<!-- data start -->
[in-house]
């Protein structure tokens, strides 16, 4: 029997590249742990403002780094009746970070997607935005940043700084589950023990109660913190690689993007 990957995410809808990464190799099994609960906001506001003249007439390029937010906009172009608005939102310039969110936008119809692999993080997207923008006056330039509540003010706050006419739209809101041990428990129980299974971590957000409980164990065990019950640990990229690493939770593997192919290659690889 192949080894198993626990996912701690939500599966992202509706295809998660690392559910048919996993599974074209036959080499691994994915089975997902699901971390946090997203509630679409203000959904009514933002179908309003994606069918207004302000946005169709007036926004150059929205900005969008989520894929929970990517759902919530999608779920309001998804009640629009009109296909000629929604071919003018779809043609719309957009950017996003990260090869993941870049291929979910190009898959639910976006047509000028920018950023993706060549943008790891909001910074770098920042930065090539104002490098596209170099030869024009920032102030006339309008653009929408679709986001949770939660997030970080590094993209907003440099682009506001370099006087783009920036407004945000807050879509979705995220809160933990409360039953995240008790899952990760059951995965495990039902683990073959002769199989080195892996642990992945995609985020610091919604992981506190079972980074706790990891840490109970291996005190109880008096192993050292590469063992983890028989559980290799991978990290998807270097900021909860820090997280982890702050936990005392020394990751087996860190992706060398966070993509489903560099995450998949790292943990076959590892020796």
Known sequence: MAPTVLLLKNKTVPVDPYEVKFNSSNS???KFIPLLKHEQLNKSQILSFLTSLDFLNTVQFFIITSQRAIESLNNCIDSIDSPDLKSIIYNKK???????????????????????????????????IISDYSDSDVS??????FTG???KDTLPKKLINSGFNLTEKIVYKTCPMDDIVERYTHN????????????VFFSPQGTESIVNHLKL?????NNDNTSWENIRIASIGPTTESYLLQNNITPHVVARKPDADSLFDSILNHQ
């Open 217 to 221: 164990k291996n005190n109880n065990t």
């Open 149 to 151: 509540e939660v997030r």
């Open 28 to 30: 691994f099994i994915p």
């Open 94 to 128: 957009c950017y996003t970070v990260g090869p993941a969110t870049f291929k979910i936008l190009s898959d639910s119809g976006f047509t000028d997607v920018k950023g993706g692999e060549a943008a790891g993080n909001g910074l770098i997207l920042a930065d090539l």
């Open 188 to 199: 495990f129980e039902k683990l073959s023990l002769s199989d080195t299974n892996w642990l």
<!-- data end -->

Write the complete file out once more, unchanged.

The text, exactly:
[in-house]
């Protein structure tokens, strides 16, 4: 029997590249742990403002780094009746970070997607935005940043700084589950023990109660913190690689993007 990957995410809808990464190799099994609960906001506001003249007439390029937010906009172009608005939102310039969110936008119809692999993080997207923008006056330039509540003010706050006419739209809101041990428990129980299974971590957000409980164990065990019950640990990229690493939770593997192919290659690889 192949080894198993626990996912701690939500599966992202509706295809998660690392559910048919996993599974074209036959080499691994994915089975997902699901971390946090997203509630679409203000959904009514933002179908309003994606069918207004302000946005169709007036926004150059929205900005969008989520894929929970990517759902919530999608779920309001998804009640629009009109296909000629929604071919003018779809043609719309957009950017996003990260090869993941870049291929979910190009898959639910976006047509000028920018950023993706060549943008790891909001910074770098920042930065090539104002490098596209170099030869024009920032102030006339309008653009929408679709986001949770939660997030970080590094993209907003440099682009506001370099006087783009920036407004945000807050879509979705995220809160933990409360039953995240008790899952990760059951995965495990039902683990073959002769199989080195892996642990992945995609985020610091919604992981506190079972980074706790990891840490109970291996005190109880008096192993050292590469063992983890028989559980290799991978990290998807270097900021909860820090997280982890702050936990005392020394990751087996860190992706060398966070993509489903560099995450998949790292943990076959590892020796």
Known sequence: MAPTVLLLKNKTVPVDPYEVKFNSSNS???KFIPLLKHEQLNKSQILSFLTSLDFLNTVQFFIITSQRAIESLNNCIDSIDSPDLKSIIYNKK???????????????????????????????????IISDYSDSDVS??????FTG???KDTLPKKLINSGFNLTEKIVYKTCPMDDIVERYTHN????????????VFFSPQGTESIVNHLKL?????NNDNTSWENIRIASIGPTTESYLLQNNITPHVVARKPDADSLFDSILNHQ
């Open 217 to 221: 164990k291996n005190n109880n065990t």
């Open 149 to 151: 509540e939660v997030r």
């Open 28 to 30: 691994f099994i994915p």
């Open 94 to 128: 957009c950017y996003t970070v990260g090869p993941a969110t870049f291929k979910i936008l190009s898959d639910s119809g976006f047509t000028d997607v920018k950023g993706g692999e060549a943008a790891g993080n909001g910074l770098i997207l920042a930065d090539l």
């Open 188 to 199: 495990f129980e039902k683990l073959s023990l002769s199989d080195t299974n892996w642990l």